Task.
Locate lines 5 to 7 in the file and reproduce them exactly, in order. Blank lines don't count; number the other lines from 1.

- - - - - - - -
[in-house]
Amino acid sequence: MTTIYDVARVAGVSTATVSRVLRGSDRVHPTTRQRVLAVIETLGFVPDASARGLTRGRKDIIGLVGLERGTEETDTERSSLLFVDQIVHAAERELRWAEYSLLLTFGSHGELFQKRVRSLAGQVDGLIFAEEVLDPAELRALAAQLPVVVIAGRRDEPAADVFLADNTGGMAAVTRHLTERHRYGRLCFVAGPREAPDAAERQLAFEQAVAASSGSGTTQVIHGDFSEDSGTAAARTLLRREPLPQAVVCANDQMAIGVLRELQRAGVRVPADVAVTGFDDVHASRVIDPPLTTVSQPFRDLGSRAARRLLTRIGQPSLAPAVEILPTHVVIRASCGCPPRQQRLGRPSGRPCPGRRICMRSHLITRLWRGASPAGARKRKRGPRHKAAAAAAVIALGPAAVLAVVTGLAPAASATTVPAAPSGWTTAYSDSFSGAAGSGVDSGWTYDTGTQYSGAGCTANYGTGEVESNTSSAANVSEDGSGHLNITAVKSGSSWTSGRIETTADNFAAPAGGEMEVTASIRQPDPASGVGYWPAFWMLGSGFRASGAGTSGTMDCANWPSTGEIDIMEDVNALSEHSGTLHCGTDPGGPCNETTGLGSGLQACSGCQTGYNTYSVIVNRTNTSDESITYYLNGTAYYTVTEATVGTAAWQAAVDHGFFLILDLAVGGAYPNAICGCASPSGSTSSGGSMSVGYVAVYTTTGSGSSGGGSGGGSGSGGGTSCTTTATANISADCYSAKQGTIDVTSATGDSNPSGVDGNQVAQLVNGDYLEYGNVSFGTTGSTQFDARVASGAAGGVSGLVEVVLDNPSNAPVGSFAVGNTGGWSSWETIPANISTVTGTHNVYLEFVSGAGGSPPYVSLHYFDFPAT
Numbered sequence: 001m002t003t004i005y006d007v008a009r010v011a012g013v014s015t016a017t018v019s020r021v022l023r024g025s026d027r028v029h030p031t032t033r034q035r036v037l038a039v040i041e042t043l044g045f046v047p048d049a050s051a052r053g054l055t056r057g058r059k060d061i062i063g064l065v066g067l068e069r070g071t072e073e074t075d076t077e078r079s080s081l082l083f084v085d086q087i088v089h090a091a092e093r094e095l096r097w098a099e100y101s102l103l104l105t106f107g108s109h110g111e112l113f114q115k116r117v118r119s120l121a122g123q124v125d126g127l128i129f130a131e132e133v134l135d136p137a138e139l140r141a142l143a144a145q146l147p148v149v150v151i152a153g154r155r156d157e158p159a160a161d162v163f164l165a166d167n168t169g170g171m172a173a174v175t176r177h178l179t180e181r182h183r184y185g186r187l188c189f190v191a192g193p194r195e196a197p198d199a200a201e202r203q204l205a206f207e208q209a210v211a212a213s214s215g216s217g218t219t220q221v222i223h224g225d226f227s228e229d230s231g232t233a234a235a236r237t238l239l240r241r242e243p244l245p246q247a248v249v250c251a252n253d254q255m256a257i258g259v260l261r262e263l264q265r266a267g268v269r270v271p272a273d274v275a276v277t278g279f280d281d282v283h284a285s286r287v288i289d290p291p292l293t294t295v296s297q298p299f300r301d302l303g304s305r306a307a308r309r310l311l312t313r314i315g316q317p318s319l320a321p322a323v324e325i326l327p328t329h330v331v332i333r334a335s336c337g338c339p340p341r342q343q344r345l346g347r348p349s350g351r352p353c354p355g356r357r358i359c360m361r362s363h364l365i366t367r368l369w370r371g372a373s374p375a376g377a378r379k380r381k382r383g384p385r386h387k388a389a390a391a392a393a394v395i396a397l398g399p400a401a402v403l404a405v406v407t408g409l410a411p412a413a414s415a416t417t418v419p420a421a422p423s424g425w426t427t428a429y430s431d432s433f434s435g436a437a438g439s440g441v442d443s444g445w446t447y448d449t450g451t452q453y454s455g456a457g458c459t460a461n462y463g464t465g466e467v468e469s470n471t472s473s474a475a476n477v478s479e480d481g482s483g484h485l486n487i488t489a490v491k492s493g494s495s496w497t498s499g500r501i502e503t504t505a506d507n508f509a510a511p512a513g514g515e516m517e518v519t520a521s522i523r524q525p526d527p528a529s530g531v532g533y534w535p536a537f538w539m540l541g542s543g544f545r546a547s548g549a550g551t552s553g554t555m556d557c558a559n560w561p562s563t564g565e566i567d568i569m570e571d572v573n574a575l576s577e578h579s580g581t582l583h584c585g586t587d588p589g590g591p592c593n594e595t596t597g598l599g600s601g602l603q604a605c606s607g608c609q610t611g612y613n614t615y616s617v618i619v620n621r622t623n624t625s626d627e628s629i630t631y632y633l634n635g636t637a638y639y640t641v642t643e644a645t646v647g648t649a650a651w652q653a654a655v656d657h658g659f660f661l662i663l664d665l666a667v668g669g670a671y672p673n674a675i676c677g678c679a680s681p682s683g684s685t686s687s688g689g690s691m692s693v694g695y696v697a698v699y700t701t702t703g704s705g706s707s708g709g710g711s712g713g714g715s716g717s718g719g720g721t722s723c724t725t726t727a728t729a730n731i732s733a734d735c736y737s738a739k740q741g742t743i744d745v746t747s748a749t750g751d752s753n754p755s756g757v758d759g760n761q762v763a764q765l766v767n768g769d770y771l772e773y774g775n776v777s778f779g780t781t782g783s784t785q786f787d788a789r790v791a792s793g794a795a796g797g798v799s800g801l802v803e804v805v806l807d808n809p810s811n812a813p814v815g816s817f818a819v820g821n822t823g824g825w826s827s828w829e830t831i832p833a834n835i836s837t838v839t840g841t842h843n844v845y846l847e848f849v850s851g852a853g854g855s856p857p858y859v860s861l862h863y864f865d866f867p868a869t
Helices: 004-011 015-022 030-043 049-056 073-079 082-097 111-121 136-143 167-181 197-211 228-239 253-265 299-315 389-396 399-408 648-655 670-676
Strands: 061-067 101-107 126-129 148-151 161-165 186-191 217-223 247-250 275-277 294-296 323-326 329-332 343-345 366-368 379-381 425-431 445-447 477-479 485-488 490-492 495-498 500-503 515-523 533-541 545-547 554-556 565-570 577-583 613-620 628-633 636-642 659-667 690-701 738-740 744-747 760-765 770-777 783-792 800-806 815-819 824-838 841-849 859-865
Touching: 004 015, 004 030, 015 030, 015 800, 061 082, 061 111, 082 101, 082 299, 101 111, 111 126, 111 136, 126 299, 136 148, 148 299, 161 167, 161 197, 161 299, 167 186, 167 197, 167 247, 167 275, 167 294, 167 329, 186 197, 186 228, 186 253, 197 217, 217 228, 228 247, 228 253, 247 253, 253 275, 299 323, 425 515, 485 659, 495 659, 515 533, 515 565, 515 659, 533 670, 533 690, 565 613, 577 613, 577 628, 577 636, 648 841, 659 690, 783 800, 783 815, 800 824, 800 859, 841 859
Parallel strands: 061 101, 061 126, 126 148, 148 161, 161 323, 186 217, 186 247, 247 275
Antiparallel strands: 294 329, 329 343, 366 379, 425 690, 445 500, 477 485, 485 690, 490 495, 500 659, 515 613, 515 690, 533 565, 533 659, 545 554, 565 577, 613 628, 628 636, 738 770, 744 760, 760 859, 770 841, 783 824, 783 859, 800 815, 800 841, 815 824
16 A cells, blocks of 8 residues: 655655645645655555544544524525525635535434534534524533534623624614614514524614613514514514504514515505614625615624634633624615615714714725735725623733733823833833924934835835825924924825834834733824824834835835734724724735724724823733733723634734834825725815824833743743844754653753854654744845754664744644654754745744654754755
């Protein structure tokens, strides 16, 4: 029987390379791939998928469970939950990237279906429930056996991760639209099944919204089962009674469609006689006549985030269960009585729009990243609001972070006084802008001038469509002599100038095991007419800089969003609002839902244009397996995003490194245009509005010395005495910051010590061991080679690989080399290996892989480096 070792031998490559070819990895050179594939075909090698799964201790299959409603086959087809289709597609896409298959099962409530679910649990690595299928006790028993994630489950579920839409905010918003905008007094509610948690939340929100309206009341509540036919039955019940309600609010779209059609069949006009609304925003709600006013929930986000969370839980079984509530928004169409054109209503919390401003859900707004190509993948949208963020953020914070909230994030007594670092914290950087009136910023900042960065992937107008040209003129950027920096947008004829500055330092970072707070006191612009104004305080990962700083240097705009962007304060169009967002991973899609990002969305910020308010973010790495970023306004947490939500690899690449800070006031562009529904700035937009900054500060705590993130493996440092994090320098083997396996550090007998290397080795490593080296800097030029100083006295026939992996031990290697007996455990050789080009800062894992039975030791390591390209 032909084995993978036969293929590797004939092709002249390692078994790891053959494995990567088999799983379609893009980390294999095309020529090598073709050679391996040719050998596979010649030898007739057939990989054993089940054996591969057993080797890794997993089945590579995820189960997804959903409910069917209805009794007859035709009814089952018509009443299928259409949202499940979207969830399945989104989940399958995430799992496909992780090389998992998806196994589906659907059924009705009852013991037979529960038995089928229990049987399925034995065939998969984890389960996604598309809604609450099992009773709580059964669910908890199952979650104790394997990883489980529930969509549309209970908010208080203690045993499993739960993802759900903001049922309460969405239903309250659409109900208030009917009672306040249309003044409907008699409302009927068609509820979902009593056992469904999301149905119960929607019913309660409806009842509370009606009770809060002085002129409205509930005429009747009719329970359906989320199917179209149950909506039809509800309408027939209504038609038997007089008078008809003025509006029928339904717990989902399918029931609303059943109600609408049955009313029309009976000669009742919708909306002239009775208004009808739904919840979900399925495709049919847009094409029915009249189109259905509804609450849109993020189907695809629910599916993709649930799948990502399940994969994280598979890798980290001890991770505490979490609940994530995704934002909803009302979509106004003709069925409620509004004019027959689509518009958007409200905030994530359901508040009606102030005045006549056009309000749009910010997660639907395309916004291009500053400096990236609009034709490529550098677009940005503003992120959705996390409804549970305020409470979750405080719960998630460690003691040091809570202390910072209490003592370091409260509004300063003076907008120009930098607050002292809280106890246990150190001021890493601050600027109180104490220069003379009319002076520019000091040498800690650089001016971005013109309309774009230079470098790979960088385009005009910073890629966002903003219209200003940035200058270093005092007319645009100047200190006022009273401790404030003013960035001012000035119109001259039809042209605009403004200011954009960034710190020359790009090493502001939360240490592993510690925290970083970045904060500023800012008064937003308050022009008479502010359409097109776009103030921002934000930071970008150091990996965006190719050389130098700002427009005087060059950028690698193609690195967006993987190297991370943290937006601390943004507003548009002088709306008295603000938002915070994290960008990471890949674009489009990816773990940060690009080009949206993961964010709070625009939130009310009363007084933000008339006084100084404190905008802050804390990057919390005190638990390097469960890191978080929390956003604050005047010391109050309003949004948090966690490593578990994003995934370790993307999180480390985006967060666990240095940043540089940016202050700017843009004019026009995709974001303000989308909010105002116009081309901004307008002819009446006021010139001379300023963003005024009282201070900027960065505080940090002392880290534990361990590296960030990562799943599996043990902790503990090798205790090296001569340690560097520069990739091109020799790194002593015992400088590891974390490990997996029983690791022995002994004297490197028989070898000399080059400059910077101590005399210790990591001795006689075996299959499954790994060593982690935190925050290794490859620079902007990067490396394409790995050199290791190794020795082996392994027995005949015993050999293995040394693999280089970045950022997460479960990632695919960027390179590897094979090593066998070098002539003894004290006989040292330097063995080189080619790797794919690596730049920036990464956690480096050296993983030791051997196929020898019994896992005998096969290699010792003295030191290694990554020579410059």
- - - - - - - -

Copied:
Strands: 061-067 101-107 126-129 148-151 161-165 186-191 217-223 247-250 275-277 294-296 323-326 329-332 343-345 366-368 379-381 425-431 445-447 477-479 485-488 490-492 495-498 500-503 515-523 533-541 545-547 554-556 565-570 577-583 613-620 628-633 636-642 659-667 690-701 738-740 744-747 760-765 770-777 783-792 800-806 815-819 824-838 841-849 859-865
Touching: 004 015, 004 030, 015 030, 015 800, 061 082, 061 111, 082 101, 082 299, 101 111, 111 126, 111 136, 126 299, 136 148, 148 299, 161 167, 161 197, 161 299, 167 186, 167 197, 167 247, 167 275, 167 294, 167 329, 186 197, 186 228, 186 253, 197 217, 217 228, 228 247, 228 253, 247 253, 253 275, 299 323, 425 515, 485 659, 495 659, 515 533, 515 565, 515 659, 533 670, 533 690, 565 613, 577 613, 577 628, 577 636, 648 841, 659 690, 783 800, 783 815, 800 824, 800 859, 841 859
Parallel strands: 061 101, 061 126, 126 148, 148 161, 161 323, 186 217, 186 247, 247 275